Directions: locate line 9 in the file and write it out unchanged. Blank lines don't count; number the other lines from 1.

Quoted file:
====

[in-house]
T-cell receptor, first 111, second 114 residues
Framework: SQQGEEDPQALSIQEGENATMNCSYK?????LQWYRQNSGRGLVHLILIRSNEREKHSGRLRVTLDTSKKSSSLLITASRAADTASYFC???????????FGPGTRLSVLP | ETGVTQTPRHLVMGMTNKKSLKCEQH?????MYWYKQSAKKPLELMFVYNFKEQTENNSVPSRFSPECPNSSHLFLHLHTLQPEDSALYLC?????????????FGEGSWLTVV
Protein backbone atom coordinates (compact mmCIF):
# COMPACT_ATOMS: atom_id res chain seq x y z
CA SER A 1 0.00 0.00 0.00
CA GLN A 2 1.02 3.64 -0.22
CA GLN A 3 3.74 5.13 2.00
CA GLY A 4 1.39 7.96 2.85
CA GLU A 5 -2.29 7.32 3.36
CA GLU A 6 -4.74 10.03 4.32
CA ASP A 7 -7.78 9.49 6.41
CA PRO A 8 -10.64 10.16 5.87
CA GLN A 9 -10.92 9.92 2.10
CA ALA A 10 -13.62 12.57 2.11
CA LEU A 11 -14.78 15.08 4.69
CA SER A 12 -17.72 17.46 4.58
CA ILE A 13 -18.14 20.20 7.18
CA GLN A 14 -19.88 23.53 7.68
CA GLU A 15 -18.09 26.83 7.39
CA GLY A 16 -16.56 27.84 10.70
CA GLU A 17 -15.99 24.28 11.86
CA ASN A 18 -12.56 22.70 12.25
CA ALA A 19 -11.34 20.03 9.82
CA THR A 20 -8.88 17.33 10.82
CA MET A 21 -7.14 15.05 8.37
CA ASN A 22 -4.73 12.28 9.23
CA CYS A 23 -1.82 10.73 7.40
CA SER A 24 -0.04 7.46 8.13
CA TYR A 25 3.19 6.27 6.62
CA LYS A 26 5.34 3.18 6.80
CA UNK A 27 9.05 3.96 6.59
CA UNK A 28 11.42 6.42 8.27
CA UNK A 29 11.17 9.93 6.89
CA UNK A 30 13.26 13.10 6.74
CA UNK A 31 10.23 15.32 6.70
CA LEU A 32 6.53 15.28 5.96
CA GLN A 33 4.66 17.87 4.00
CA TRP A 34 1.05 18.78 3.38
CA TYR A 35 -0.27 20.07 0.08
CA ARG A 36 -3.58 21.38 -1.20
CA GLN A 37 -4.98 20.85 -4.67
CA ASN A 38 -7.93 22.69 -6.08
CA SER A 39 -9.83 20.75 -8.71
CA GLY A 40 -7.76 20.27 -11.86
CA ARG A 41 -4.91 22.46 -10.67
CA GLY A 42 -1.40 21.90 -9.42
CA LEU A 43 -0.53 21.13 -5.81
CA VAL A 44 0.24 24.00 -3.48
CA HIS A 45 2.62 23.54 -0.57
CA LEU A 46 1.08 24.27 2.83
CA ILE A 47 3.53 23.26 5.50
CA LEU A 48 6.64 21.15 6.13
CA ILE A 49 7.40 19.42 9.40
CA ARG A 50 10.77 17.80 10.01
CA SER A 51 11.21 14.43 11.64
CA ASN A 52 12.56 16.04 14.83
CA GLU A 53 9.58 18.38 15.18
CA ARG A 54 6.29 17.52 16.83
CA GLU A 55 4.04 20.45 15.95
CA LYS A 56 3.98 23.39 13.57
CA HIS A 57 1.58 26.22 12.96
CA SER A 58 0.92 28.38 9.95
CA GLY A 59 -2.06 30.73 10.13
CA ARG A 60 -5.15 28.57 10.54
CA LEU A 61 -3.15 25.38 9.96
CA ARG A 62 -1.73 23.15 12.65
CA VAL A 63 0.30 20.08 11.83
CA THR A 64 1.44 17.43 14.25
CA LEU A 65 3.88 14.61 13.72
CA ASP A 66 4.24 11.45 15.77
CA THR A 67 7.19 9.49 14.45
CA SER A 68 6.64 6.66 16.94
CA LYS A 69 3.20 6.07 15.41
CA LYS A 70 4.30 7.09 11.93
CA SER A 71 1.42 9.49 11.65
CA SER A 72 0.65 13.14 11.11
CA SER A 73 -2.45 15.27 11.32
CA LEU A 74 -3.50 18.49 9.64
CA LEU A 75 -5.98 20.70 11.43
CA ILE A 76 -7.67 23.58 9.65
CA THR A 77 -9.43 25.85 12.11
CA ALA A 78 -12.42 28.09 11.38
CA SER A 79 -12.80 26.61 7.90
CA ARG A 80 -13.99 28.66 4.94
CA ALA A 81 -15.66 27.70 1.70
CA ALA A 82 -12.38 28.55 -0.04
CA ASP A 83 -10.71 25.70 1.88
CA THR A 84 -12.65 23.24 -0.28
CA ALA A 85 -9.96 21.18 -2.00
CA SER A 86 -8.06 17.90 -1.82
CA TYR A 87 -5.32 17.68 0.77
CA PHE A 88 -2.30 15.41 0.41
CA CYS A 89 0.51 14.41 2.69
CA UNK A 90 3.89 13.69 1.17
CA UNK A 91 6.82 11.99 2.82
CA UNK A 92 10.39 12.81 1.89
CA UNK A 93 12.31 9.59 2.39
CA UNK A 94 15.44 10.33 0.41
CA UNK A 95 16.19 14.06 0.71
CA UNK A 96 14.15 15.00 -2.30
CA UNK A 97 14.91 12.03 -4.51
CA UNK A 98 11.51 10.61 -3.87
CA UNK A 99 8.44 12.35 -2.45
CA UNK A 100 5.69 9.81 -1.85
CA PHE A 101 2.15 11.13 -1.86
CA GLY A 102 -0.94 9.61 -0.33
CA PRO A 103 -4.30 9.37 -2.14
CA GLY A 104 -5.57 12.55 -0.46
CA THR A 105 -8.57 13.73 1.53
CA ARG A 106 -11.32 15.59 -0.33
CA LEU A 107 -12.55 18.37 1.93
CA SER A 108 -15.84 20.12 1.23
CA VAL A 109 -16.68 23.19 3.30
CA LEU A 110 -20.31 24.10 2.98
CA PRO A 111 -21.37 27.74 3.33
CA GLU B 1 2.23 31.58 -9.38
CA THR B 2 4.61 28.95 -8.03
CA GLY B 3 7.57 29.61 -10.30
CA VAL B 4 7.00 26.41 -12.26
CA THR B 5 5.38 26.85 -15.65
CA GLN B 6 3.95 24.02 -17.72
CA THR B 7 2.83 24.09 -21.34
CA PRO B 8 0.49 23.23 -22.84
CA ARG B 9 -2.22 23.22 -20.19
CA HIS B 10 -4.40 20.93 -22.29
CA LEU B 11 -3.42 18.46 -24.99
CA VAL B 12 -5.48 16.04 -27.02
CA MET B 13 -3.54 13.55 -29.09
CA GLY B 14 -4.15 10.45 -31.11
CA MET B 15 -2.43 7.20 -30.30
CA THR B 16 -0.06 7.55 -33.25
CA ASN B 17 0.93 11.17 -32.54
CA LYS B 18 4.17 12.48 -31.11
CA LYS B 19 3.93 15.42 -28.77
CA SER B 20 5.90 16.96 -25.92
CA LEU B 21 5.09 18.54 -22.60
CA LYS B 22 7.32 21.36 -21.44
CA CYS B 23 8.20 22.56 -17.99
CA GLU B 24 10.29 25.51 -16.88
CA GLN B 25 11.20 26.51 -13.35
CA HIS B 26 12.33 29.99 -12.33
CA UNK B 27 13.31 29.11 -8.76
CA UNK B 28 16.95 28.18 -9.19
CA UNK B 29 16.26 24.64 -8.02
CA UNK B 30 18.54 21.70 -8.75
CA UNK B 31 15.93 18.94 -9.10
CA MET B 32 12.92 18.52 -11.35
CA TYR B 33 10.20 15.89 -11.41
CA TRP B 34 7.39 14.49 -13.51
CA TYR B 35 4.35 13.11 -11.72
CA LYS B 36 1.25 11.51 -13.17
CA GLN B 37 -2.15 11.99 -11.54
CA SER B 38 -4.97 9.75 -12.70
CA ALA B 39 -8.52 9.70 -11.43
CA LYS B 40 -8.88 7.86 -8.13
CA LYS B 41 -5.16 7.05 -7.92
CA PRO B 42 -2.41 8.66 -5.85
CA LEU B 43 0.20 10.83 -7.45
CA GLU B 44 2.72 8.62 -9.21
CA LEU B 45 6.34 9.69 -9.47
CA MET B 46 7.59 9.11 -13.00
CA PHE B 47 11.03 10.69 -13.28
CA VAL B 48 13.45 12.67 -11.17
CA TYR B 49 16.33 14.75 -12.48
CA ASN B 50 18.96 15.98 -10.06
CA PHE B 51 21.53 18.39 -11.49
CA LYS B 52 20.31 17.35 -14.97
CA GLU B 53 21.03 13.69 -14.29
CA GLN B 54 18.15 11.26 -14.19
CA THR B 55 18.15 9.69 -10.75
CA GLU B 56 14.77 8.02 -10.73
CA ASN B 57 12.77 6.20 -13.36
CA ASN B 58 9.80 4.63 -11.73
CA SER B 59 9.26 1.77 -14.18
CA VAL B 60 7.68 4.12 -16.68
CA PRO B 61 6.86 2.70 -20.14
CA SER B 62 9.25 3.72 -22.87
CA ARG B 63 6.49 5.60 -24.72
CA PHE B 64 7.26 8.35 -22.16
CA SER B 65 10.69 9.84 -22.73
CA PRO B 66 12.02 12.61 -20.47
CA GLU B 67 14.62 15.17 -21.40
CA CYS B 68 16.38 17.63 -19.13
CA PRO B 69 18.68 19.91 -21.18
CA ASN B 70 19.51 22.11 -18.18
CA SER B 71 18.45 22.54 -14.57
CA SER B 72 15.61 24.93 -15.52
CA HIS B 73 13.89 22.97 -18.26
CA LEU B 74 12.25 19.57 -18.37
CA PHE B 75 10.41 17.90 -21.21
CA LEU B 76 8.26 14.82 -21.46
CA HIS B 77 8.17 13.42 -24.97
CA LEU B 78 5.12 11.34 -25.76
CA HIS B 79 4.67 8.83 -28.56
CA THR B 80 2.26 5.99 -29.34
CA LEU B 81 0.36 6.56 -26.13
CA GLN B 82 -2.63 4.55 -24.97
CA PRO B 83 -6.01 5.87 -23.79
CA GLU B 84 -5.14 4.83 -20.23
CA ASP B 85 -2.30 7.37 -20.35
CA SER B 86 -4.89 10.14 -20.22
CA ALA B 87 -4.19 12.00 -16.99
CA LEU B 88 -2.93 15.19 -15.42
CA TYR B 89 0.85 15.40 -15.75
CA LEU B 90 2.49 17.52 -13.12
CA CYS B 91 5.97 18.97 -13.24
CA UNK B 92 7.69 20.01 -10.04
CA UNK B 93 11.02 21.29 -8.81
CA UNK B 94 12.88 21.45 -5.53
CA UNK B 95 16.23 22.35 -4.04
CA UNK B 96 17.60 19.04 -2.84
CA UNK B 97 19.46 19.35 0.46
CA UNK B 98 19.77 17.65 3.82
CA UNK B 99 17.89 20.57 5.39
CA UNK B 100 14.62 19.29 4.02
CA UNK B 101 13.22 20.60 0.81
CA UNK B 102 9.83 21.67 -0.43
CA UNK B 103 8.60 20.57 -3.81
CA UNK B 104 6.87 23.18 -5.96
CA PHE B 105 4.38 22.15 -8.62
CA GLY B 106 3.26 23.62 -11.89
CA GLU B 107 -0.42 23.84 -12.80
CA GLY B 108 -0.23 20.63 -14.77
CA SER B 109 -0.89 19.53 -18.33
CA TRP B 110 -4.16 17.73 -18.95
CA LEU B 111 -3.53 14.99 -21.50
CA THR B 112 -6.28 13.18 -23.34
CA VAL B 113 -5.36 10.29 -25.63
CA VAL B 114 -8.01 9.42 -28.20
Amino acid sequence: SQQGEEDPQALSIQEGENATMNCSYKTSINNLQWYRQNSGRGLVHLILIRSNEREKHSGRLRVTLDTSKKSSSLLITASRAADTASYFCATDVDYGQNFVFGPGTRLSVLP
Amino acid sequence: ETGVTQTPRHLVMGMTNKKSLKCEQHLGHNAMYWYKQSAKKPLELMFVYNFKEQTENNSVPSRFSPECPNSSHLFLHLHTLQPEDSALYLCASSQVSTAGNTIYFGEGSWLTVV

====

CA GLY A 4 1.39 7.96 2.85